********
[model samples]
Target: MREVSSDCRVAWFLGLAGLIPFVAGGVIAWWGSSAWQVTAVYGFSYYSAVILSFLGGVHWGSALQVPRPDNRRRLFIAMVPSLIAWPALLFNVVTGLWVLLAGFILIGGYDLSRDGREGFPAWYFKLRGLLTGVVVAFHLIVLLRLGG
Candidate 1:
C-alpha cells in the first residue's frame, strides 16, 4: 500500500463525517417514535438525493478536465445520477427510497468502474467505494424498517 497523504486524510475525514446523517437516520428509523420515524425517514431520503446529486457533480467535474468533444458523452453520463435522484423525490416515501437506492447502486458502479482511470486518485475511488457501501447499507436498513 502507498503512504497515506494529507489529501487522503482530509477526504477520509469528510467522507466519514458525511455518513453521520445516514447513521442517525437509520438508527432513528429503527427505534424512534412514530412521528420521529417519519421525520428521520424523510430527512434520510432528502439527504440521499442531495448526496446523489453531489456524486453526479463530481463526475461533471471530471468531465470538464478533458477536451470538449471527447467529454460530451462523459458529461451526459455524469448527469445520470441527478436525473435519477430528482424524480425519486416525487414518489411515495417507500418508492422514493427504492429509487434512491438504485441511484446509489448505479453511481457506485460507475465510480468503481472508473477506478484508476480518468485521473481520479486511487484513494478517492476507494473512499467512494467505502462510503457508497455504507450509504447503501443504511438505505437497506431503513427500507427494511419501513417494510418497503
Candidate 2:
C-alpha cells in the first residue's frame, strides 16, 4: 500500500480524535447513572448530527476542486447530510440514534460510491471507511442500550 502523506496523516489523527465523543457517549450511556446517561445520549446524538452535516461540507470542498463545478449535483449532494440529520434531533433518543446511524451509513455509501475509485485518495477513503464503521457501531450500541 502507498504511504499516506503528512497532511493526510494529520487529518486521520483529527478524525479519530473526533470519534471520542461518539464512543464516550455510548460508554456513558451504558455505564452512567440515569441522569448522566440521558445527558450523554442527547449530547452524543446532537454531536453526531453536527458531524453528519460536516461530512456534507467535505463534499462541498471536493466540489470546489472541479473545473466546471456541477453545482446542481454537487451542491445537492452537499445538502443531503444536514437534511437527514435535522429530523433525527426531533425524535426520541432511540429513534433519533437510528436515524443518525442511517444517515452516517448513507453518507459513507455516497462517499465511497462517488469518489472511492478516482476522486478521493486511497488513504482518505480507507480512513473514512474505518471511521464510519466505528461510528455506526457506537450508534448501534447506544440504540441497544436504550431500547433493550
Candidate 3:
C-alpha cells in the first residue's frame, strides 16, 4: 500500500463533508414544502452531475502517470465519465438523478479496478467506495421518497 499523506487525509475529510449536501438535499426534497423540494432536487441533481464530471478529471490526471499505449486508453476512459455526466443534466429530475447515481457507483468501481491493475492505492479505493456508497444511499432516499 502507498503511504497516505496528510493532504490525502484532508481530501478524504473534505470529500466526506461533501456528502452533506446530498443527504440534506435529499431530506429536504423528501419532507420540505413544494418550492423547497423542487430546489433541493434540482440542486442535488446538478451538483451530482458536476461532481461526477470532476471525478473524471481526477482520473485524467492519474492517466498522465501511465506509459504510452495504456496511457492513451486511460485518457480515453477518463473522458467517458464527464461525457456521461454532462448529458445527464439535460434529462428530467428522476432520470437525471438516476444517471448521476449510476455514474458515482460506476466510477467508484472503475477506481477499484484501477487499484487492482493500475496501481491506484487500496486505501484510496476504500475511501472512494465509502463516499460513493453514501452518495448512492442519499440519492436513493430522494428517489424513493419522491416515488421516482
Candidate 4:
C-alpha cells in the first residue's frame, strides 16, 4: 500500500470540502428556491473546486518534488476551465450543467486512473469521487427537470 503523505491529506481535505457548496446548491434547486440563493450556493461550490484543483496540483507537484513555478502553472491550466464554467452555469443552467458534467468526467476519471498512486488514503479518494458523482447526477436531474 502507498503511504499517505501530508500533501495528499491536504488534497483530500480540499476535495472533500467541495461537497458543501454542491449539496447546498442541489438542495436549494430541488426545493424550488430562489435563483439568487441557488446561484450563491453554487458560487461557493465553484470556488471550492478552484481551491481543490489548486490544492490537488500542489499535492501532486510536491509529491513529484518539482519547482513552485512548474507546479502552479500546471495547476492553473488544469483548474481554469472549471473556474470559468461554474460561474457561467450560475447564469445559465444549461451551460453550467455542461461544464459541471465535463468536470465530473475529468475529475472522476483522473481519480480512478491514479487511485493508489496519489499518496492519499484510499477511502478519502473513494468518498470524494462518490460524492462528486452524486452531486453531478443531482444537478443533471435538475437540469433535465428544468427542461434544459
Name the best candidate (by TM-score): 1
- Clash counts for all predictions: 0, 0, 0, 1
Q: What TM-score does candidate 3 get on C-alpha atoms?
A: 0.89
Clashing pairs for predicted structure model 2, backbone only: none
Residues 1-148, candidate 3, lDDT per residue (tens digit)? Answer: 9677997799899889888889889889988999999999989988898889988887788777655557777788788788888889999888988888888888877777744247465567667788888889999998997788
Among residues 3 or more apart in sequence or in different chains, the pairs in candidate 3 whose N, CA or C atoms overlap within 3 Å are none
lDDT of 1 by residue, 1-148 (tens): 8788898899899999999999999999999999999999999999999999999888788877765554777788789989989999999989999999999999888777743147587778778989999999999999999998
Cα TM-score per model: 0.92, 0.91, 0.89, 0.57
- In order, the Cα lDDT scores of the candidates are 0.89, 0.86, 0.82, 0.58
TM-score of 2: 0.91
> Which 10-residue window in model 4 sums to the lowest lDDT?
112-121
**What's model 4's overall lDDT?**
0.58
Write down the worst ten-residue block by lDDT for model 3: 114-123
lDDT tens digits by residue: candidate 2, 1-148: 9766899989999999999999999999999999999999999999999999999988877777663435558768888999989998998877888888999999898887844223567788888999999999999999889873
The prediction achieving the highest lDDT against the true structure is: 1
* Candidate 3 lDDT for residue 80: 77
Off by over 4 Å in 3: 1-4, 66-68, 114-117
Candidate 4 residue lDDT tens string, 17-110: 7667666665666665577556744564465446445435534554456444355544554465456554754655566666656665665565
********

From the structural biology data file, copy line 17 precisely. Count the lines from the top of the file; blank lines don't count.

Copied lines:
Among residues 3 or more apart in sequence or in different chains, the pairs in candidate 3 whose N, CA or C atoms overlap within 3 Å are none